To qualify as a “small group”, the group (comprising of all the companies) must fulfil two out of the following three conditions in the immediate two preceding financial years:

  1. The consolidated revenue must not exceed S$ 10 million;
  2. The consolidated total assets must not exceed S$ 10 million;
  3. The total number of employees of the group must not exceed 50.

In other words, this means that to qualify for the audit exemption, the individual subsidiary companies as well as the holding company, as a group, must fulfil the eligibility criteria of a small company.

Change in Company Status

Once a company acquires the “small company” status it continues to enjoy the audit exemption benefit unless the company is disqualified. Disqualification of a company occurs if the company:

  1. Ceases to operate as a private company in the financial year or
  2. Does not satisfy the “small company” qualifying conditions for the two immediately preceding financial years.

Transitional Provisions

A company incorporated before the changes in the Act can also avail the audit exemption if the company fulfils two out of the three qualifying criteria of a small company. Specifically, a company incorporated before July 1, 2015 can qualify as a small company if:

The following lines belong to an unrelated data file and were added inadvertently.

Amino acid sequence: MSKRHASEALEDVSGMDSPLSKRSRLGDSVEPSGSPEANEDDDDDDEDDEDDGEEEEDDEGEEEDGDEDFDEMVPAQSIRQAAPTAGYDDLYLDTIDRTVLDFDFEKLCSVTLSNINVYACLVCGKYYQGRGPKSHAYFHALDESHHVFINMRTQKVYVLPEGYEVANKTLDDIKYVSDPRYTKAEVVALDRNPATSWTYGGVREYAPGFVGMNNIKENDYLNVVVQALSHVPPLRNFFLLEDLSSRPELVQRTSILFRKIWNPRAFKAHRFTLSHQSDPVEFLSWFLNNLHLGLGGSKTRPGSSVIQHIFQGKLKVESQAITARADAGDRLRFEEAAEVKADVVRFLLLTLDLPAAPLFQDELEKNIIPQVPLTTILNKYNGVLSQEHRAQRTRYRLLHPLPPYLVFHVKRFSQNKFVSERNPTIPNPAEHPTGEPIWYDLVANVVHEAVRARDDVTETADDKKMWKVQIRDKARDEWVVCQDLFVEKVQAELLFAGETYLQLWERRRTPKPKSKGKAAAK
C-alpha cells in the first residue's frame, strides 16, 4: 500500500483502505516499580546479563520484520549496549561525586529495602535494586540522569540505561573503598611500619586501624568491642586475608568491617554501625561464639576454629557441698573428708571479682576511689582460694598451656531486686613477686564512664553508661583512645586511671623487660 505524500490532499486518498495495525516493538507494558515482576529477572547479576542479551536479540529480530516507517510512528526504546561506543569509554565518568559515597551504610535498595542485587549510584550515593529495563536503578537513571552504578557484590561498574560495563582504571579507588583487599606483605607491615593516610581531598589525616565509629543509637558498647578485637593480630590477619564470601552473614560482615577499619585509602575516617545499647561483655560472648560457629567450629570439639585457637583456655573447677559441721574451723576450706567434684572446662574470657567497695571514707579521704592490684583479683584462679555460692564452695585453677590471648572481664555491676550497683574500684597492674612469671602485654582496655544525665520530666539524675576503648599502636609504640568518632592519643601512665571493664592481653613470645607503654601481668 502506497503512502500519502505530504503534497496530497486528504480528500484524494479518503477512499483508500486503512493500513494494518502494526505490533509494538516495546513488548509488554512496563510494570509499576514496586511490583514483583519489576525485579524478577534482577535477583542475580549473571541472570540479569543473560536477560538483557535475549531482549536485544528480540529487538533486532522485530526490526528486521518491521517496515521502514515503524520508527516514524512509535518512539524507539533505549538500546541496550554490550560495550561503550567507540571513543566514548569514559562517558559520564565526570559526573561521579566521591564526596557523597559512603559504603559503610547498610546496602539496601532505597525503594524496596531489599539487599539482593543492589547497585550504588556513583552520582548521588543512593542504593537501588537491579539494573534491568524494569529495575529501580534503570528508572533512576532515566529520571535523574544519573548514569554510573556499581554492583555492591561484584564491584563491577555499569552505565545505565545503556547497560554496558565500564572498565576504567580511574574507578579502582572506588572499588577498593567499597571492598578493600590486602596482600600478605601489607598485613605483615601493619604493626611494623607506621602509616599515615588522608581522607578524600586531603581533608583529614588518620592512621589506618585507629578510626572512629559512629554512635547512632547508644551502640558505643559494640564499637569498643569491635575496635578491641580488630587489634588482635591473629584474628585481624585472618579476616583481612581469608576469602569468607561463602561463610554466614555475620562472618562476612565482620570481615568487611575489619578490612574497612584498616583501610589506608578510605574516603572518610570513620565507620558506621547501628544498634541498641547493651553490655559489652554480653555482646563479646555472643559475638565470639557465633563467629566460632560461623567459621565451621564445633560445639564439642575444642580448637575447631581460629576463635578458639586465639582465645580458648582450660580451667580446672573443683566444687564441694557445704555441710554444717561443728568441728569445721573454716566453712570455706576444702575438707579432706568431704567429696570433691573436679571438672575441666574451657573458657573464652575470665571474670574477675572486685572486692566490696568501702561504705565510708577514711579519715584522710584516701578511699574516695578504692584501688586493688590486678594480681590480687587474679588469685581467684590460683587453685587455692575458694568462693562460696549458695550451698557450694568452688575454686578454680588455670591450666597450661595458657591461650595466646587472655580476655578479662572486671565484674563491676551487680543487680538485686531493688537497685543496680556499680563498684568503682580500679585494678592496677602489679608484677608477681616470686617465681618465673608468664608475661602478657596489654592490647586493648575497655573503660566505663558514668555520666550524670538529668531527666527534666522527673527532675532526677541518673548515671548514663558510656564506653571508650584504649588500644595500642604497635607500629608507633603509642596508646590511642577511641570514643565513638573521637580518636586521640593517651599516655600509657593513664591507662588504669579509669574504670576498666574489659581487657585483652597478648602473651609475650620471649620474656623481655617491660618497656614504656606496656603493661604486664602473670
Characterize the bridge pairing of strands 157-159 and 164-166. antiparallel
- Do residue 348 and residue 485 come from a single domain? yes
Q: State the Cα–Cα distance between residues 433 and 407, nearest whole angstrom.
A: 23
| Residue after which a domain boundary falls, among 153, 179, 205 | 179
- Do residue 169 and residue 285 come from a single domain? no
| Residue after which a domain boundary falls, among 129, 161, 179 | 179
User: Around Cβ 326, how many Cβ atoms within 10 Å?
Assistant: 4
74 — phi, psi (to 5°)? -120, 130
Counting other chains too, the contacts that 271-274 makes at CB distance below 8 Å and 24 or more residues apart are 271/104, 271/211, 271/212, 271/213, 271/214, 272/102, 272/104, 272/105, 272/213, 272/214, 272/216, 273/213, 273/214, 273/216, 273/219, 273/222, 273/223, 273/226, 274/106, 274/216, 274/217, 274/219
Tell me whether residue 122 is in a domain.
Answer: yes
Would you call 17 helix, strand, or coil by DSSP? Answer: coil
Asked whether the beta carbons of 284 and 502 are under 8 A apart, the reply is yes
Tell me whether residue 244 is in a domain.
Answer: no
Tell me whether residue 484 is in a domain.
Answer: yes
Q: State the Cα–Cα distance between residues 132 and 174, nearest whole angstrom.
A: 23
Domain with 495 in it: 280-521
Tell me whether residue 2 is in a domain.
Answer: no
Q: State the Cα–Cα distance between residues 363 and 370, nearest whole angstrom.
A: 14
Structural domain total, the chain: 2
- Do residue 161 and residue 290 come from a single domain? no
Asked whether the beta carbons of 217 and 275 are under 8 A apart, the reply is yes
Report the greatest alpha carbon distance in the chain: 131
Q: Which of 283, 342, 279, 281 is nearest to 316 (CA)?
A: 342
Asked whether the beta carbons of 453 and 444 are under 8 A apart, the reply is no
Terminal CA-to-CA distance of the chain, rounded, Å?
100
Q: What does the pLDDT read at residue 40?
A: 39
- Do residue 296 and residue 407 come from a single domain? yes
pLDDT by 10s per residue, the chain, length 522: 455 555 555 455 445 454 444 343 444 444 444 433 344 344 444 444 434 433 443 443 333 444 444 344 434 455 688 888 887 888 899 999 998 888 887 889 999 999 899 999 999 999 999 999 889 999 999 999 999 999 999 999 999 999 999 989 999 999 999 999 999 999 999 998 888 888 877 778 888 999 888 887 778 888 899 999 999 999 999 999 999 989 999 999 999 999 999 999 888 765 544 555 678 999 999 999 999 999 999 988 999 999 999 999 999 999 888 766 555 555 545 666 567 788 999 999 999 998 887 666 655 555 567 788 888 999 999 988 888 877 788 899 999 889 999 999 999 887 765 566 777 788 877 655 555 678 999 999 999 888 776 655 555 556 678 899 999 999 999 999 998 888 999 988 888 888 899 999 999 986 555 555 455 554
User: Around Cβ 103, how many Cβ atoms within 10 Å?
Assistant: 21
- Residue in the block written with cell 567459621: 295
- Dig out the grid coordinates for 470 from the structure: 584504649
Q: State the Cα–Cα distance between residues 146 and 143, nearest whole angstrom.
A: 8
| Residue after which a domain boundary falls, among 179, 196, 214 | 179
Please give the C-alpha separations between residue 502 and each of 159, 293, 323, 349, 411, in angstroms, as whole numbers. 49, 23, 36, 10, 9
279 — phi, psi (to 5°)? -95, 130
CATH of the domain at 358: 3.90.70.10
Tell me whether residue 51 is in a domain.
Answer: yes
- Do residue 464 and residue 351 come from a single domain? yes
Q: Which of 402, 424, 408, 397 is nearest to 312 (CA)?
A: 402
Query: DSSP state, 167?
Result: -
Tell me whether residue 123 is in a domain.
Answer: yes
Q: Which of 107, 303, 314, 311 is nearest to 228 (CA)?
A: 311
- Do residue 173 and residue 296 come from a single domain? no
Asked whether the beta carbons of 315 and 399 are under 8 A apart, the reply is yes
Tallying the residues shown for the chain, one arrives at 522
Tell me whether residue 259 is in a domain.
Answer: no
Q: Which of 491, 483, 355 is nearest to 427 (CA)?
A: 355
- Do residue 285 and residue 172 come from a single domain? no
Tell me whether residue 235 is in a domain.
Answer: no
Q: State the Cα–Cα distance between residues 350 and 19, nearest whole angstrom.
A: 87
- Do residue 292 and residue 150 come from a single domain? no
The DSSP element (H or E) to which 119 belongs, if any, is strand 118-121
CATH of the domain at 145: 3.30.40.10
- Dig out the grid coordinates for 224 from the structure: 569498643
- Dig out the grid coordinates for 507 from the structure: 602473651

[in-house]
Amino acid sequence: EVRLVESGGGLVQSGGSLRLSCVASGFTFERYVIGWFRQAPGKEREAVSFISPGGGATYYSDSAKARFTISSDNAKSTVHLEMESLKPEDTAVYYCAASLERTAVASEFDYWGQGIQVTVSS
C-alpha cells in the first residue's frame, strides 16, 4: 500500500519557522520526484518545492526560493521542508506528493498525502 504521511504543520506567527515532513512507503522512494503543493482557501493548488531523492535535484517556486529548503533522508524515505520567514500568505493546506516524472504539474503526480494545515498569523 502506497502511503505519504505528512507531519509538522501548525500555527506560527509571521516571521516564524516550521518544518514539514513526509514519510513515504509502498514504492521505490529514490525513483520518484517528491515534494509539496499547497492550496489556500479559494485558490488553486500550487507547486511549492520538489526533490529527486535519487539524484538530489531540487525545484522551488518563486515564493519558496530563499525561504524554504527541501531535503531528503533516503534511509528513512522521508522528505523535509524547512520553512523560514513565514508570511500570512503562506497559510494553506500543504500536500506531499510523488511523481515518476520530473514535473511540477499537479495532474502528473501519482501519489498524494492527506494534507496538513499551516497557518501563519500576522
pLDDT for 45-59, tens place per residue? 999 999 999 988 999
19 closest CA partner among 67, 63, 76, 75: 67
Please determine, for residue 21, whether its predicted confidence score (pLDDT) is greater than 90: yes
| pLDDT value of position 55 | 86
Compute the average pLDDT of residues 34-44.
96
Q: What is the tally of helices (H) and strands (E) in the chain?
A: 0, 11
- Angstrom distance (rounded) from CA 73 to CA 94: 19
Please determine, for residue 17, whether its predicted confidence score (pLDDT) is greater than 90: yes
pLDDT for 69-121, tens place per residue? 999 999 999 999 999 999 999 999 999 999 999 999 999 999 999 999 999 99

1. It is a private company and
  2. Meets the qualifying criteria either in the first or second financial year after the commencement of the small company criteria (i.e. July 1, 2015)

The following table explains the transitional provisions:

Qualifying Criteria in the Financial Year (FY)Small Company
The Company meets the Qualifying Criteria in FY 15 and FY 16Company is a Small Company
The Company meets the Qualifying Criteria in FY 15 but not in FY 16Company is a Small Company since the company meets the criteria in the first year after the introduction of the concept
The Company does not meet the Qualifying Criteria in FY 15 but does meet it in FY 16Company is a Small Company since the company meets the criteria in the second year after the introduction of the concept
The Company does not meet the Qualifying Criteria in FY 15 or FY 16Does not qualify as a small company since the company does not meet the criteria in the first and second year after the introduction of the concept.

The transitional provisions are applicable only for the first two years from the change in this law.

Conclusion

An entrepreneur setting up a business in Singapore must be aware of annual filing requirements and the exemptions that are applicable to certain companies such as small companies, exempt private companies, dormant companies, etc. A newly incorporated company, an existing company and a company that is a part of a group can avail exemption from the annual audit of its accounts if it qualifies as a small company. To ensure that your company complies with these conditions and can avail this audit exemption, it is advisable to engage the services of a good corporate services provider.

TABLE OF CONTENTS

  1. Previous Criteria for Audit Exemption
  2. The New Criteria for Audit Exemption
  3. Group Company Audit Rule
  4. Change in Company Status
  5. Transitional Provisions
  6. Conclusion